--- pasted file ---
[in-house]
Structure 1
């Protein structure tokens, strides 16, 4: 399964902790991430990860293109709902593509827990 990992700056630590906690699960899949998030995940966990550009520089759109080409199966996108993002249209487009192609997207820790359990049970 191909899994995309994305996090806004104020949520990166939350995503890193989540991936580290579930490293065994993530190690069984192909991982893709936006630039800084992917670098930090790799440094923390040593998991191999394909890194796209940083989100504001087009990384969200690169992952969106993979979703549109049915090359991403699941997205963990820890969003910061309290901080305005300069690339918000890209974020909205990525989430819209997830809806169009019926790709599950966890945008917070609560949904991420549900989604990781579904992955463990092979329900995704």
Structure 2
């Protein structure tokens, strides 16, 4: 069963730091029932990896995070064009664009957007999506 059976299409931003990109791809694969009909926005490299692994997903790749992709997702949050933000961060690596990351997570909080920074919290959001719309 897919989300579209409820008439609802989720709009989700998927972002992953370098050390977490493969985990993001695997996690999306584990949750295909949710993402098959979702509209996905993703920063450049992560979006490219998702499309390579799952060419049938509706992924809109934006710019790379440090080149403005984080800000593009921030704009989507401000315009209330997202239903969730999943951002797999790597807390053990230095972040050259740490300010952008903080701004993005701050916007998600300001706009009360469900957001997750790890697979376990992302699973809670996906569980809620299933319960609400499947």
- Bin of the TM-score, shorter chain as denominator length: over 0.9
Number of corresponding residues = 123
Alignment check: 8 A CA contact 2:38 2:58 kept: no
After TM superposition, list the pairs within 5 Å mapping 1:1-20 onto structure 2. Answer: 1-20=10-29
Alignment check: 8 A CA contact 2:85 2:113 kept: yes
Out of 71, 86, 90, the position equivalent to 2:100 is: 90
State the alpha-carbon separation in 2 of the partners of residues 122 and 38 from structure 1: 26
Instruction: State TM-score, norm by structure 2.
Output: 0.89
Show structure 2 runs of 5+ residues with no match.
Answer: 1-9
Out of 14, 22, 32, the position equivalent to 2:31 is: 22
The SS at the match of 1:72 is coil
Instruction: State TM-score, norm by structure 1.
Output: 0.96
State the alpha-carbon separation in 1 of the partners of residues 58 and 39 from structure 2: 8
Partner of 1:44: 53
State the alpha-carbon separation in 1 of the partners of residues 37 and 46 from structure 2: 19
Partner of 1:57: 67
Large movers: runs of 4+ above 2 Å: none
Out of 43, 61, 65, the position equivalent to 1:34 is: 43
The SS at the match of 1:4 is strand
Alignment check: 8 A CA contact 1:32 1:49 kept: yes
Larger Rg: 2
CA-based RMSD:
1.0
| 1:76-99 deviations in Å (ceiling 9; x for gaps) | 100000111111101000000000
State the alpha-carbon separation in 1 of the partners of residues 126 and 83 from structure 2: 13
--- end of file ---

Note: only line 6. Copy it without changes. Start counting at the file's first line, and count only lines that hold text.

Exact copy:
- Bin of the TM-score, shorter chain as denominator length: over 0.9